Set to count $30 million against the cap in the final year of his deal, veteran quarterback Drew Brees is likely on the verge of receiving an extension from the New Orleans Saints.
The largest question here is what Brees’ new contract might look like. Due to multiple restructures, the original five-year, $100 million extension Brees received back in 2012 has seen a ton of the cash pushed back to this upcoming season.
In this, the expectation has to be that the 37-year-old future Hall of Famer will get north of the $20 million he received annually on that aforementioned deal.
This is exactly what Saints beat writer Katherine Terrell of the Times-Picayune is thinking. She’s suggesting that Brees’ new contract, likely to be finalized before training camp, will pay him between $22 and $23 million annually.
Based on the market resetting itself each and every off-season, primarily due to the increased cap and a ton of league-wide revenue, it really is hard to comprehend what Brees’ market might actually be.
Just over the past month alone, the Houston Texans doled out $18 million annually to a quarterback in Brock Osweiler that has seven career regular season starts under his belt. Meanwhile, the franchise-tag tender Kirk Cousins signed with the Washington Redskins will pay him nearly $20 million in 2016.
This is all in indication that it’s becoming increasingly evident that quarterback money in today’s market is much different than when Brees agreed to $20 million annually back in 2012.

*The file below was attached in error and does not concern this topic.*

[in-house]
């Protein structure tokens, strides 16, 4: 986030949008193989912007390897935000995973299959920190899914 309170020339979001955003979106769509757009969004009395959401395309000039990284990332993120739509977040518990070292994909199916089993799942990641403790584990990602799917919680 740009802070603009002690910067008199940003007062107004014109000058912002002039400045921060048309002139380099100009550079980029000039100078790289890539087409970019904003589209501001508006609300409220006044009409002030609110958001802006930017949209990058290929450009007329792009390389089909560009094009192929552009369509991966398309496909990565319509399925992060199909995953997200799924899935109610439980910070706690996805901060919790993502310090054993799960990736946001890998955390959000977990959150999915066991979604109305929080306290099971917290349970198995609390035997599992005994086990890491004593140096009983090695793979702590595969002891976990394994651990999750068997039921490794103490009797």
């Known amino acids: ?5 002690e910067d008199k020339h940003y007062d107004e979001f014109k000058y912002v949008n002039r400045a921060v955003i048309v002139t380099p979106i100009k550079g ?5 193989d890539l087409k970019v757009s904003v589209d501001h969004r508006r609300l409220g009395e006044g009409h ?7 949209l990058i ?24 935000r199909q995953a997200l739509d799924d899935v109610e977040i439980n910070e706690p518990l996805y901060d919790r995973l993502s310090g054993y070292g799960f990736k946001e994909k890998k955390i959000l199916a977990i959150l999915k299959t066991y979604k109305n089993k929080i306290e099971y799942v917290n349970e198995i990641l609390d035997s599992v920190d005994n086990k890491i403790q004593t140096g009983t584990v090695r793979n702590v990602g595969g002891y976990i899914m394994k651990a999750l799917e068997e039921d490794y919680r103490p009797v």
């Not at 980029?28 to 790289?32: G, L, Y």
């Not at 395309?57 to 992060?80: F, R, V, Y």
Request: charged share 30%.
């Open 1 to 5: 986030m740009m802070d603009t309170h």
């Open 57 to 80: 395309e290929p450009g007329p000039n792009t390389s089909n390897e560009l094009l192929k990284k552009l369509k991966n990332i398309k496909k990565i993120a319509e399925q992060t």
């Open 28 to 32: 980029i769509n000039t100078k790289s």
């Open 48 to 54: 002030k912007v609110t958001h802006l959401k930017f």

But in reality the quarterback market itself is too topsy-turvy for anyone to gauge Brees’ true value to the Saints.
He’s currently the 10th highest-paid quarterback in the NFL with that $20 million average, right ahead of the likes of the aforementioned Cousins as well as Ryan Tannehill ($19.3 million) and Colin Kaepernick ($19 million).
No one in their right mind could draw the conclusion that any of those three players provide more to their respective teams than Brees provides to the Saints.
The issue here is Brees’ age (37) and the Saints less-than-stellar cap situation. If they find themselves doling out $25-plus million to the veteran, they might end up in the same position we have seen over the past few seasons.
That is to say, the Saints could have to restructure his deal as a way to push large cap hits back to the latter seasons of the deal.
The interesting dynamic here is loyalty, something that Brees has shown to the Saints. It’s also played a role in Tom Brady’s relationship with the New England Patriots over the years.
These are the quarterbacks that “get it,” meaning they are willing to take less in order to help their teams contend on a consistent basis.
More than anything, this is an indication that Brees will settle for less than if he were on the open market.
With the top-five highest-paid quarterbacks in the NFL all making $21-plus million per season, that’s seems to be where the value is at here. All five have won the Super Bowl, which is a prime example of the quarterback market not being all too wonky after all.
If this is the case, Brees should settle into a new deal at that range.